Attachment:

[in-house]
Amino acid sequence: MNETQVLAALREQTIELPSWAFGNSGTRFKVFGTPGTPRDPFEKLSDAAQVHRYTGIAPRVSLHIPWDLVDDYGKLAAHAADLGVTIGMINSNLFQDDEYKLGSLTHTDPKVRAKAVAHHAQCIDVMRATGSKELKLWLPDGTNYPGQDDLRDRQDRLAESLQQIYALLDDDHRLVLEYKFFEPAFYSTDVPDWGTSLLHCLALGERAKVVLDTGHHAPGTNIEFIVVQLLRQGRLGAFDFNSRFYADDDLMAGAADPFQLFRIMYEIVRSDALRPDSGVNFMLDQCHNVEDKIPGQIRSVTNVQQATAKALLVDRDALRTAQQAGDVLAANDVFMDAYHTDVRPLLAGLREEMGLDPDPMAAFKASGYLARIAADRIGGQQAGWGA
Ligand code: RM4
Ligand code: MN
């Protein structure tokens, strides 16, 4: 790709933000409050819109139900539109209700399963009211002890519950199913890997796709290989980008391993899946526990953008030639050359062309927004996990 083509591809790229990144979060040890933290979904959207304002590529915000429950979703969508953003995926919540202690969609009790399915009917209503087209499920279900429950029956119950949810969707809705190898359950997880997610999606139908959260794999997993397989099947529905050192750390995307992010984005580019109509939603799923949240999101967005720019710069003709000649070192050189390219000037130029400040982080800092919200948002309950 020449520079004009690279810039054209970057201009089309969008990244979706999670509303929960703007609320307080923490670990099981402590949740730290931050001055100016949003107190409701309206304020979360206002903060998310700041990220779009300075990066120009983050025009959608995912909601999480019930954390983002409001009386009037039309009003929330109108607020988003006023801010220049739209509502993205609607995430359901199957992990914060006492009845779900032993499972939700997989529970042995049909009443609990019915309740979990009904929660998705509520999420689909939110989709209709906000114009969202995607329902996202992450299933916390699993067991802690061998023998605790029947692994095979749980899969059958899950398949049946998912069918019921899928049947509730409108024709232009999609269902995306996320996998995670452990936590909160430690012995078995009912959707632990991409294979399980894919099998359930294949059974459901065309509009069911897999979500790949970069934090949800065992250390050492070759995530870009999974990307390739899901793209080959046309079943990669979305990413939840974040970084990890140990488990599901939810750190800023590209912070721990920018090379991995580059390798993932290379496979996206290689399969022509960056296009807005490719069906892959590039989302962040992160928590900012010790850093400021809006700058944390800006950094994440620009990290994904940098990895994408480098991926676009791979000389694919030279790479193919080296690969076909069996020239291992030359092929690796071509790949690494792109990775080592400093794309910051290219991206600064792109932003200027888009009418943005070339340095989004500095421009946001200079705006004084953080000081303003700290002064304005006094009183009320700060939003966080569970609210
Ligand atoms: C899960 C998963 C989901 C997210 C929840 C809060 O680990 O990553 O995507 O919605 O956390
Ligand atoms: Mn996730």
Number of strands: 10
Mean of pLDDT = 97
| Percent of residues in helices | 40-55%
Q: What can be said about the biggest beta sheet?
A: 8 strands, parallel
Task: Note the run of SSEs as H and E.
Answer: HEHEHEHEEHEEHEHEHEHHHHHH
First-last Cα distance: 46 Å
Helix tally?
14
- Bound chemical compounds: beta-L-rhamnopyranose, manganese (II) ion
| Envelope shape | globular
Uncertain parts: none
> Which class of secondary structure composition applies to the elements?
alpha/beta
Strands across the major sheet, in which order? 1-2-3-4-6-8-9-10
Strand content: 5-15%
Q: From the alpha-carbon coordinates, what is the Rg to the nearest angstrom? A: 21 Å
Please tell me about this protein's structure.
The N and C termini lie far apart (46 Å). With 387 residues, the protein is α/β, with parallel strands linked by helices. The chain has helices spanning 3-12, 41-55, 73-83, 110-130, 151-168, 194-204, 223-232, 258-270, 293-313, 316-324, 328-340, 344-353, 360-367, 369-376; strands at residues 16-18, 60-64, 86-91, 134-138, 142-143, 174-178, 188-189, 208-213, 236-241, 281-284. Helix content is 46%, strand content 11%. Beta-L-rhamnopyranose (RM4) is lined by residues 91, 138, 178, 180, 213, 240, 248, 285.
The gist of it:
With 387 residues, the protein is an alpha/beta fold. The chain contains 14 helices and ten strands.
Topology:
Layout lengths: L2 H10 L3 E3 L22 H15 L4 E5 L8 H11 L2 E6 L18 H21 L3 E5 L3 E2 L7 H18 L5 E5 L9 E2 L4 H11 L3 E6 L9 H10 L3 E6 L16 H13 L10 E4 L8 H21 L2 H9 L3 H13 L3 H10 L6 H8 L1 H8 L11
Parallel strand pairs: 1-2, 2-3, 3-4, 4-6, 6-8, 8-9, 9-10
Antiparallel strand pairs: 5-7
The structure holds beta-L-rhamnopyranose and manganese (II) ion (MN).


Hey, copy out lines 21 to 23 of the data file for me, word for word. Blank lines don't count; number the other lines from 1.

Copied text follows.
> Which class of secondary structure composition applies to the elements?
alpha/beta
Strands across the major sheet, in which order? 1-2-3-4-6-8-9-10